Bertulis, Tomas - Northeastern University 
     Koonce, Peter J .V. - City of Portland, Oregon 


Preliminary Development of Methods to Automatically Gather Bicycle Counts and Pedestrian Delay at Signalized Intersections (12-2107) 
     Kothuri, Sirisha Murthy - Portland State University 
     Reynolds, Titus - City of Portland, Oregon 
     Monsere, Christopher M. - Portland State University 
     Koonce, Peter J .V. - City of Portland, Oregon 

A Framework for Multimodal Arterial Data Archiving (12-1750) 
     Monsere, Christopher M. - Portland State University 
     Olson, Carl - Portland State University 
     Kothuri, Sirisha Murthy - Portland State University 
     Tufte, Kristin A. - Portland State University 
     Koonce, Peter J .V. - City of Portland, Oregon 


I remain active on the Traffic Signal Systems Committee and Bus Transit Systems, so I will be at those meetings as well. 

Tuesday, December 6, 2011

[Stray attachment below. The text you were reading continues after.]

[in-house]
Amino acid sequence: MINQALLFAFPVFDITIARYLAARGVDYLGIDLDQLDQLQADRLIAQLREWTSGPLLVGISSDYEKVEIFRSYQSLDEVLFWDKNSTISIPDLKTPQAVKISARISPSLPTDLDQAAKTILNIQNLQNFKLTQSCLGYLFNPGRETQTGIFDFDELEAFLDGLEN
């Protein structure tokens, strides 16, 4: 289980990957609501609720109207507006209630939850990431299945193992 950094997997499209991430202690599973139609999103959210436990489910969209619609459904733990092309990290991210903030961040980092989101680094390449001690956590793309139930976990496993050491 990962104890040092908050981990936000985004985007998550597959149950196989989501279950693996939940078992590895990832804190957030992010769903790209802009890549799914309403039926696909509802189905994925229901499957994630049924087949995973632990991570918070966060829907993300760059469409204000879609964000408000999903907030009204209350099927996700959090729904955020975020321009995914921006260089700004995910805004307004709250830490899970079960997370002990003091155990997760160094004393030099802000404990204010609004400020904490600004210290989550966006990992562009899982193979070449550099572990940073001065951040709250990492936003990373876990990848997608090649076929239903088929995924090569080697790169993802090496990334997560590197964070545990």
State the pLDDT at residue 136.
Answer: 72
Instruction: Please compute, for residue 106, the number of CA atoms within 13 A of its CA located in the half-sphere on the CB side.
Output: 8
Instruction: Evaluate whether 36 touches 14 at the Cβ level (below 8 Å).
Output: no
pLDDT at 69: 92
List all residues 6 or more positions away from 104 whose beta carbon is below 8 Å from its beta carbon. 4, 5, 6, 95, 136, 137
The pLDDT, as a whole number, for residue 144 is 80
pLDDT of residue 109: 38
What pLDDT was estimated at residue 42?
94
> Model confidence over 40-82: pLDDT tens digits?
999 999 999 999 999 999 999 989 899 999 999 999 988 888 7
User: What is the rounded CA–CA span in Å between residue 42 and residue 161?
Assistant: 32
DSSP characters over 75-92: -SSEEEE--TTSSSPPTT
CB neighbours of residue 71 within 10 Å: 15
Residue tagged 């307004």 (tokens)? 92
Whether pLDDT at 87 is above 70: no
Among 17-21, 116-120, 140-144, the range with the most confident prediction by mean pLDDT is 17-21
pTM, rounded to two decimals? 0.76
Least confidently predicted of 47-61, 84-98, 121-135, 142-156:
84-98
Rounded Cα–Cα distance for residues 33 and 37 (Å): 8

The Transportation Planning Rule Every City Should Reform

The Transportation Planning Rule Every City Should Reform

In the Portland Central City Transportation Management Plan, LOS is not used, but rather a vague requirement that intersection volume to capacity ratio is the measure that will be used. It offers the ability for v/c ratios that allow congestion at peak periods of the day. This has allowed tremendous flexibility for making decisions that follow policy as opposed to a letter grade. It has resulted in improvements that are leading the City towards its mode split targets.

Portland Bicycle Signals

Google alerts is a pretty great at highlighting new activities on the internet. I got a request based on the City of Eugene posting the following press release about their first ever bicycle signal.

I have been keeping track of the various bicycle signals we have whether they have the stencil or are merely exclusive bicycle signals and coded them in Google maps (you can follow the link below. There are a few that are in various stages of design/planning associated with some of the capital projects that the City is involved in that are color coded as described in the google map.


View Portland's Bicycle Signals in a larger map